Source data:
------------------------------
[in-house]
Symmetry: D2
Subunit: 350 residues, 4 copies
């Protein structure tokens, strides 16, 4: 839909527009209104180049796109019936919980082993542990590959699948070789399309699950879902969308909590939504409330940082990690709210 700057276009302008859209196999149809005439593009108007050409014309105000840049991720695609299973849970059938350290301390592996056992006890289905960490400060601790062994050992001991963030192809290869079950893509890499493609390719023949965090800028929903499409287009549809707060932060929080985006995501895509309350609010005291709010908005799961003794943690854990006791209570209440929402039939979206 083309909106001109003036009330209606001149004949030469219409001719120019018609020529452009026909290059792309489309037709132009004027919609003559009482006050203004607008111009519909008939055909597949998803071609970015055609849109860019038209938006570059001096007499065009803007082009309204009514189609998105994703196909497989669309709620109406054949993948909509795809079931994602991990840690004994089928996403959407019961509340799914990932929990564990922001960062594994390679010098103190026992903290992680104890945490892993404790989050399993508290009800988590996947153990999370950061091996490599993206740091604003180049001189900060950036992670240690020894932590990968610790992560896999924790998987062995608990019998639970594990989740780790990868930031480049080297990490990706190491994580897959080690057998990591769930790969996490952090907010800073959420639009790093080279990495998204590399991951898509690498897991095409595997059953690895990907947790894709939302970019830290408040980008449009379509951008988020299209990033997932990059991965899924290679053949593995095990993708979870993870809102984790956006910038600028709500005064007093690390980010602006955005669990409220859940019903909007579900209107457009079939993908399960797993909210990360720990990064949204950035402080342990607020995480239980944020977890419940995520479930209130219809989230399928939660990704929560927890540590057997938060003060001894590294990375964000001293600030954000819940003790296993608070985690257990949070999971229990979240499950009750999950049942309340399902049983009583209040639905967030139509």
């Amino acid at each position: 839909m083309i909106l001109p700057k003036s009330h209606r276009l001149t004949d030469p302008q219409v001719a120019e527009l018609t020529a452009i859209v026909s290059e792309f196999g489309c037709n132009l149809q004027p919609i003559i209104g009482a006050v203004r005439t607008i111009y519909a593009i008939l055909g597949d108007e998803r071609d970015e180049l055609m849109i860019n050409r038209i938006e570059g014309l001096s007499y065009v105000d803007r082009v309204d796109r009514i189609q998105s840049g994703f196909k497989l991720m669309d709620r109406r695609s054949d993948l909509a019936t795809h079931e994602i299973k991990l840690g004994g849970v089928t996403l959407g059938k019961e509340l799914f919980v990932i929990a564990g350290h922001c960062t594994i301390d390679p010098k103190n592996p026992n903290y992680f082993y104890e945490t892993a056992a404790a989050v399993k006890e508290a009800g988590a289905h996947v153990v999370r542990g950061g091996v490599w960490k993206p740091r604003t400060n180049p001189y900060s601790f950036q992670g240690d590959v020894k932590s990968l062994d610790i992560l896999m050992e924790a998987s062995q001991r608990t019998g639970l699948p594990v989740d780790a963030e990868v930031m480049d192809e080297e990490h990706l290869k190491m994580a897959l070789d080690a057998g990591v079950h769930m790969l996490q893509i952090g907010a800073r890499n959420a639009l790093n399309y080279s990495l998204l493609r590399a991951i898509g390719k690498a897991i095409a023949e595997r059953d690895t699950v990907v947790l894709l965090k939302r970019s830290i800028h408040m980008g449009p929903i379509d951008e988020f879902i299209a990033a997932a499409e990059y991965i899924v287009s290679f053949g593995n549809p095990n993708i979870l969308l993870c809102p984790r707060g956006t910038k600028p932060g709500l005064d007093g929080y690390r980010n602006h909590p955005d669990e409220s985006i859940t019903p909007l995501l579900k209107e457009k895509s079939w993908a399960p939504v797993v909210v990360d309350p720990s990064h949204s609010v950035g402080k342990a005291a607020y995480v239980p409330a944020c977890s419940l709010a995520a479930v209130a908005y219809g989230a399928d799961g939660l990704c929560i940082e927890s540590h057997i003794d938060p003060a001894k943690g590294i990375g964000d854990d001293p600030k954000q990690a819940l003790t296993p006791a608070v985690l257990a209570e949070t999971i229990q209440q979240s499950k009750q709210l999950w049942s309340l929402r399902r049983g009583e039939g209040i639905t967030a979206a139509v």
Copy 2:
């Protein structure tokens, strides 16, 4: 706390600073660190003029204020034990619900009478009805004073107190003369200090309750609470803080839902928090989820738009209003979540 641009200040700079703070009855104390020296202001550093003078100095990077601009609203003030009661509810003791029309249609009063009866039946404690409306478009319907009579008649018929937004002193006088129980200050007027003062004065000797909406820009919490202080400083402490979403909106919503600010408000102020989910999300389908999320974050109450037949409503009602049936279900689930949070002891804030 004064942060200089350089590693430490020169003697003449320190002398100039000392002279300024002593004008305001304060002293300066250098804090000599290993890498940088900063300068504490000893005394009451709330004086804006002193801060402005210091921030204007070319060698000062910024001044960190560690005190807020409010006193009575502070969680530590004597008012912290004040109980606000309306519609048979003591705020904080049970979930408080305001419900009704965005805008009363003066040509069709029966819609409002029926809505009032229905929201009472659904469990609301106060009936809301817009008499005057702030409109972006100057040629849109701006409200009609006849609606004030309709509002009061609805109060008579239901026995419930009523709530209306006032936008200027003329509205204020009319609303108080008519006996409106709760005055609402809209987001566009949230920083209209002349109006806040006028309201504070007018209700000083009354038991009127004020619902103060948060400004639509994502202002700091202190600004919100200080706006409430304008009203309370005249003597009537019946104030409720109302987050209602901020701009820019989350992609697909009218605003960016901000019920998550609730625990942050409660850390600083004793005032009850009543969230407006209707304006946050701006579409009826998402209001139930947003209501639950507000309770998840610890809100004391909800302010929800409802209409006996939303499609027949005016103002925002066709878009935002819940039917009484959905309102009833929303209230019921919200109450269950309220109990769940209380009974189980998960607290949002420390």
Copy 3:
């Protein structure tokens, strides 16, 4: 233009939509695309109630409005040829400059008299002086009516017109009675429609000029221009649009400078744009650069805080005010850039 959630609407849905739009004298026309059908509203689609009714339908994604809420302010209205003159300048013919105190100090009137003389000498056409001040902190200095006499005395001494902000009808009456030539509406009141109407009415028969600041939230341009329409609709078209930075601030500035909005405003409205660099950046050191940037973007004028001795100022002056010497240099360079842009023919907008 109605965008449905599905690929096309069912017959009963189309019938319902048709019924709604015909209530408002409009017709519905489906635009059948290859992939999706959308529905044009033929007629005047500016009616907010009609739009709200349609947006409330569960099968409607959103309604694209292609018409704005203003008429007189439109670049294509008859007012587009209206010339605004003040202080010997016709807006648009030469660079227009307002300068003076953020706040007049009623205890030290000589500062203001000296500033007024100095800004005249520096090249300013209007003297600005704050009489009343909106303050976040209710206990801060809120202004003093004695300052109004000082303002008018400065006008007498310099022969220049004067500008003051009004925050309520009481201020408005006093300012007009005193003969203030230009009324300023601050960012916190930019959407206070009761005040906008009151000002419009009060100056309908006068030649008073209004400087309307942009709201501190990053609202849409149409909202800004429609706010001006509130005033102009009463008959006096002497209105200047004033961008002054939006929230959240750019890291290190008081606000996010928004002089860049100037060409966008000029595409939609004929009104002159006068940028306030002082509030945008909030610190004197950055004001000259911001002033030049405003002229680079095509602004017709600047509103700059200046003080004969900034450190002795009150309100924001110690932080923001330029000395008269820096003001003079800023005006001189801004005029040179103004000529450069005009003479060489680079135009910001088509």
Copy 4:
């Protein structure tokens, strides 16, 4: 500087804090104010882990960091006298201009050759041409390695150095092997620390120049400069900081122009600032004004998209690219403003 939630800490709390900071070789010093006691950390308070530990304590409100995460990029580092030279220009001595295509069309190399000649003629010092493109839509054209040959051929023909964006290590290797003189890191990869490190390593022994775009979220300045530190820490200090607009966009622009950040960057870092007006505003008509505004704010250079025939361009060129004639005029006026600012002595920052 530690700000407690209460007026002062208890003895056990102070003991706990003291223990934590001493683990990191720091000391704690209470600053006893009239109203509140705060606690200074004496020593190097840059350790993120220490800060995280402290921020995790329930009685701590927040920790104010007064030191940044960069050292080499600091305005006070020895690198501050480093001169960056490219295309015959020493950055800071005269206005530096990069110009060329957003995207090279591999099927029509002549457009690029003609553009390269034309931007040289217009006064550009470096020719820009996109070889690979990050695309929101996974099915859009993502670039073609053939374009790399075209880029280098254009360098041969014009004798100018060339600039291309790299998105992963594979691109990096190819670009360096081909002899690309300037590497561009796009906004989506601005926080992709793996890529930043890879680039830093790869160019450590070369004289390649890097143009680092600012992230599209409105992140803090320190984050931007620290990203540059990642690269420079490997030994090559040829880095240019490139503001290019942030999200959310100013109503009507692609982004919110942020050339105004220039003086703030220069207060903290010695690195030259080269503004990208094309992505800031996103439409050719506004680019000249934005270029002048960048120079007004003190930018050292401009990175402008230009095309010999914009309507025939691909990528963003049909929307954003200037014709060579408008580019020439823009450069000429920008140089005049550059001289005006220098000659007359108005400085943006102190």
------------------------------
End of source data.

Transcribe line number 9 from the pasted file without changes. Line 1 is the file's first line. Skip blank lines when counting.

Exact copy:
């Protein structure tokens, strides 16, 4: 233009939509695309109630409005040829400059008299002086009516017109009675429609000029221009649009400078744009650069805080005010850039 959630609407849905739009004298026309059908509203689609009714339908994604809420302010209205003159300048013919105190100090009137003389000498056409001040902190200095006499005395001494902000009808009456030539509406009141109407009415028969600041939230341009329409609709078209930075601030500035909005405003409205660099950046050191940037973007004028001795100022002056010497240099360079842009023919907008 109605965008449905599905690929096309069912017959009963189309019938319902048709019924709604015909209530408002409009017709519905489906635009059948290859992939999706959308529905044009033929007629005047500016009616907010009609739009709200349609947006409330569960099968409607959103309604694209292609018409704005203003008429007189439109670049294509008859007012587009209206010339605004003040202080010997016709807006648009030469660079227009307002300068003076953020706040007049009623205890030290000589500062203001000296500033007024100095800004005249520096090249300013209007003297600005704050009489009343909106303050976040209710206990801060809120202004003093004695300052109004000082303002008018400065006008007498310099022969220049004067500008003051009004925050309520009481201020408005006093300012007009005193003969203030230009009324300023601050960012916190930019959407206070009761005040906008009151000002419009009060100056309908006068030649008073209004400087309307942009709201501190990053609202849409149409909202800004429609706010001006509130005033102009009463008959006096002497209105200047004033961008002054939006929230959240750019890291290190008081606000996010928004002089860049100037060409966008000029595409939609004929009104002159006068940028306030002082509030945008909030610190004197950055004001000259911001002033030049405003002229680079095509602004017709600047509103700059200046003080004969900034450190002795009150309100924001110690932080923001330029000395008269820096003001003079800023005006001189801004005029040179103004000529450069005009003479060489680079135009910001088509």